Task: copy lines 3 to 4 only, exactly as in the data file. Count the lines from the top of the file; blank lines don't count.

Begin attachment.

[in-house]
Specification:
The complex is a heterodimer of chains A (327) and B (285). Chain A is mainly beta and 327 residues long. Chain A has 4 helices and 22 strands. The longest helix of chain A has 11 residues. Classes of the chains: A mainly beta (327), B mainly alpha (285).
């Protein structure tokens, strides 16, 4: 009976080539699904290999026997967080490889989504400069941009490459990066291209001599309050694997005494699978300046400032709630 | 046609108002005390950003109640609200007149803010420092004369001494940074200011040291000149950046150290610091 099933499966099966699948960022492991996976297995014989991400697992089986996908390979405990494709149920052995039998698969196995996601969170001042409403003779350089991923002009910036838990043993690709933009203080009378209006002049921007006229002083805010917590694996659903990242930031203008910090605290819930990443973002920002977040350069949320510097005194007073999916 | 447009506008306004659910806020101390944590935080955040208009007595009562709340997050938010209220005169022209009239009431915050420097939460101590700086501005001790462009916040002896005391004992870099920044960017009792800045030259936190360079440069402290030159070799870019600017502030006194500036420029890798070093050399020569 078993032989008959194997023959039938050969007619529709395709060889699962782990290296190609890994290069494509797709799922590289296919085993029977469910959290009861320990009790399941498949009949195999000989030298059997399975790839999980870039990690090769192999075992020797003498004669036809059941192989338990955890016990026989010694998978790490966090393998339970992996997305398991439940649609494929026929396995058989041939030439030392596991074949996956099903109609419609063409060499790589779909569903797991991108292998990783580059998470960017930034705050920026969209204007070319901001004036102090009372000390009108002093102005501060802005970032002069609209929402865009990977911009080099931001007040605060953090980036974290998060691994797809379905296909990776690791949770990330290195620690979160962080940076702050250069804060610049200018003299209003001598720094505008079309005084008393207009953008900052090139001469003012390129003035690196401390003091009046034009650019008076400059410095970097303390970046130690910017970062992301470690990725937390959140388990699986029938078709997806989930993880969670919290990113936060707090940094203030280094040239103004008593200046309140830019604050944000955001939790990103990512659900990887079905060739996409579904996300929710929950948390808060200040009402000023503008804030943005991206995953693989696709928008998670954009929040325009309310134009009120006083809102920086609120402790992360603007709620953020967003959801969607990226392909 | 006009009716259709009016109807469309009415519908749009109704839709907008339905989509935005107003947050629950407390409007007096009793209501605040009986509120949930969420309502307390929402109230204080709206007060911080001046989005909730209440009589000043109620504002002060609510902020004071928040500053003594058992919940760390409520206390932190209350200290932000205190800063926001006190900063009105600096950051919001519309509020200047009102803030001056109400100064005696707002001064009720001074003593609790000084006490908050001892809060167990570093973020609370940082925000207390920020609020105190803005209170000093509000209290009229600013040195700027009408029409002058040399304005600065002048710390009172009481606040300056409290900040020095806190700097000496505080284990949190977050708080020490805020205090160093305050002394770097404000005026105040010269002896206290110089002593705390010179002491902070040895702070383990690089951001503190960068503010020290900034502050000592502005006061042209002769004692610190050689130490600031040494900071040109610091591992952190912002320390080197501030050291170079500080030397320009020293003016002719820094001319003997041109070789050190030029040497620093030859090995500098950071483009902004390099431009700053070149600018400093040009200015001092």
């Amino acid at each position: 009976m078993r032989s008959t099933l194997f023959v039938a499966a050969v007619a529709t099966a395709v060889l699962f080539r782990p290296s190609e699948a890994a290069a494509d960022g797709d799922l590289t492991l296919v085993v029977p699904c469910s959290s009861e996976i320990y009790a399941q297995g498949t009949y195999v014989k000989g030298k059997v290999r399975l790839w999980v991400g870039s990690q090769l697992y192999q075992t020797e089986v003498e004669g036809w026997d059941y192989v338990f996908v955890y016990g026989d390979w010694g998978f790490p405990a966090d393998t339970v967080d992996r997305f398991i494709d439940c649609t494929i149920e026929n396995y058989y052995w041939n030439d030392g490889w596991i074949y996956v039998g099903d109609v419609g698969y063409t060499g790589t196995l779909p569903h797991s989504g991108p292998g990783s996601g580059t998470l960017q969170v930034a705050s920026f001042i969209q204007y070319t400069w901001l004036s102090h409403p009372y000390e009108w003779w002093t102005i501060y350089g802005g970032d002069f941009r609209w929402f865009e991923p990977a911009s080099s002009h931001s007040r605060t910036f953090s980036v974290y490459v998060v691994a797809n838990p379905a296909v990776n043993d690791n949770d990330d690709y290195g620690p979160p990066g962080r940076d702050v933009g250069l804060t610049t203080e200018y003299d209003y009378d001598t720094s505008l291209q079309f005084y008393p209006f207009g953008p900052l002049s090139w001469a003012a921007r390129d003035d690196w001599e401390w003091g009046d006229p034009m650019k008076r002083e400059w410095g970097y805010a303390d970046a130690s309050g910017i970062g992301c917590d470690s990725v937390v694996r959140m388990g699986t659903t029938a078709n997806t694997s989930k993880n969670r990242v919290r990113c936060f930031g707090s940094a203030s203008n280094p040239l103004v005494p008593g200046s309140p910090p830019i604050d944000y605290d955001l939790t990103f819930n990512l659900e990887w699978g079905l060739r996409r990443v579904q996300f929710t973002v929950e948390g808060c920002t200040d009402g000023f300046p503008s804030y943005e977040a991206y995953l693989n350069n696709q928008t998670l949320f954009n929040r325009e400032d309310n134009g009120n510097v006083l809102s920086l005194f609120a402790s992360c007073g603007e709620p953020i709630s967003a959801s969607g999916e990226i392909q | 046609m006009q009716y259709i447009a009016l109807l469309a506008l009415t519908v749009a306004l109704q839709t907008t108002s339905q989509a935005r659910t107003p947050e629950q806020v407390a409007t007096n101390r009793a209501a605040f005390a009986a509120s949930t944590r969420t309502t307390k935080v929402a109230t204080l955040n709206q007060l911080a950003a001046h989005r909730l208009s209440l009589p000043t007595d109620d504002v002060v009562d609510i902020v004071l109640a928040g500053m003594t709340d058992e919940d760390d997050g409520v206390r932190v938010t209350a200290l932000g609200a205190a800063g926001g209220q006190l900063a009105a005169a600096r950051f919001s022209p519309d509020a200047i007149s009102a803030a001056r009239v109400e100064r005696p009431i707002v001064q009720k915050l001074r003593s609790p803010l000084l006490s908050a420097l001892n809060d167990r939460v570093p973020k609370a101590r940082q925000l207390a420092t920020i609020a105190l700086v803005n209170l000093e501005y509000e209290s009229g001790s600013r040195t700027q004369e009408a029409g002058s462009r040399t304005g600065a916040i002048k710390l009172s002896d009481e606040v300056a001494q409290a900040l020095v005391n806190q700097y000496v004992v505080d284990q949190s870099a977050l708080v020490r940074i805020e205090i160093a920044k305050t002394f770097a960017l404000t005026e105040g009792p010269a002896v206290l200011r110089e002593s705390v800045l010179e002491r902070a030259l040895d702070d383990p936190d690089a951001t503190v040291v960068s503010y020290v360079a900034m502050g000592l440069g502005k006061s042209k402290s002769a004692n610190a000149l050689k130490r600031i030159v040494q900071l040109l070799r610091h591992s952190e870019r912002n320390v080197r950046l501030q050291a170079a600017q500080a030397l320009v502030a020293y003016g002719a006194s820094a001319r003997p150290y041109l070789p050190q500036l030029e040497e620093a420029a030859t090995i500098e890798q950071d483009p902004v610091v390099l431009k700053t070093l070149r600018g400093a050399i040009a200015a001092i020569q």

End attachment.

The complex is a heterodimer of chains A (327) and B (285). Chain A is mainly beta and 327 residues long. Chain A has 4 helices and 22 strands. The longest helix of chain A has 11 residues. Classes of the chains: A mainly beta (327), B mainly alpha (285).
């Protein structure tokens, strides 16, 4: 009976080539699904290999026997967080490889989504400069941009490459990066291209001599309050694997005494699978300046400032709630 | 046609108002005390950003109640609200007149803010420092004369001494940074200011040291000149950046150290610091 099933499966099966699948960022492991996976297995014989991400697992089986996908390979405990494709149920052995039998698969196995996601969170001042409403003779350089991923002009910036838990043993690709933009203080009378209006002049921007006229002083805010917590694996659903990242930031203008910090605290819930990443973002920002977040350069949320510097005194007073999916 | 447009506008306004659910806020101390944590935080955040208009007595009562709340997050938010209220005169022209009239009431915050420097939460101590700086501005001790462009916040002896005391004992870099920044960017009792800045030259936190360079440069402290030159070799870019600017502030006194500036420029890798070093050399020569 078993032989008959194997023959039938050969007619529709395709060889699962782990290296190609890994290069494509797709799922590289296919085993029977469910959290009861320990009790399941498949009949195999000989030298059997399975790839999980870039990690090769192999075992020797003498004669036809059941192989338990955890016990026989010694998978790490966090393998339970992996997305398991439940649609494929026929396995058989041939030439030392596991074949996956099903109609419609063409060499790589779909569903797991991108292998990783580059998470960017930034705050920026969209204007070319901001004036102090009372000390009108002093102005501060802005970032002069609209929402865009990977911009080099931001007040605060953090980036974290998060691994797809379905296909990776690791949770990330290195620690979160962080940076702050250069804060610049200018003299209003001598720094505008079309005084008393207009953008900052090139001469003012390129003035690196401390003091009046034009650019008076400059410095970097303390970046130690910017970062992301470690990725937390959140388990699986029938078709997806989930993880969670919290990113936060707090940094203030280094040239103004008593200046309140830019604050944000955001939790990103990512659900990887079905060739996409579904996300929710929950948390808060200040009402000023503008804030943005991206995953693989696709928008998670954009929040325009309310134009009120006083809102920086609120402790992360603007709620953020967003959801969607990226392909 | 006009009716259709009016109807469309009415519908749009109704839709907008339905989509935005107003947050629950407390409007007096009793209501605040009986509120949930969420309502307390929402109230204080709206007060911080001046989005909730209440009589000043109620504002002060609510902020004071928040500053003594058992919940760390409520206390932190209350200290932000205190800063926001006190900063009105600096950051919001519309509020200047009102803030001056109400100064005696707002001064009720001074003593609790000084006490908050001892809060167990570093973020609370940082925000207390920020609020105190803005209170000093509000209290009229600013040195700027009408029409002058040399304005600065002048710390009172009481606040300056409290900040020095806190700097000496505080284990949190977050708080020490805020205090160093305050002394770097404000005026105040010269002896206290110089002593705390010179002491902070040895702070383990690089951001503190960068503010020290900034502050000592502005006061042209002769004692610190050689130490600031040494900071040109610091591992952190912002320390080197501030050291170079500080030397320009020293003016002719820094001319003997041109070789050190030029040497620093030859090995500098950071483009902004390099431009700053070149600018400093040009200015001092």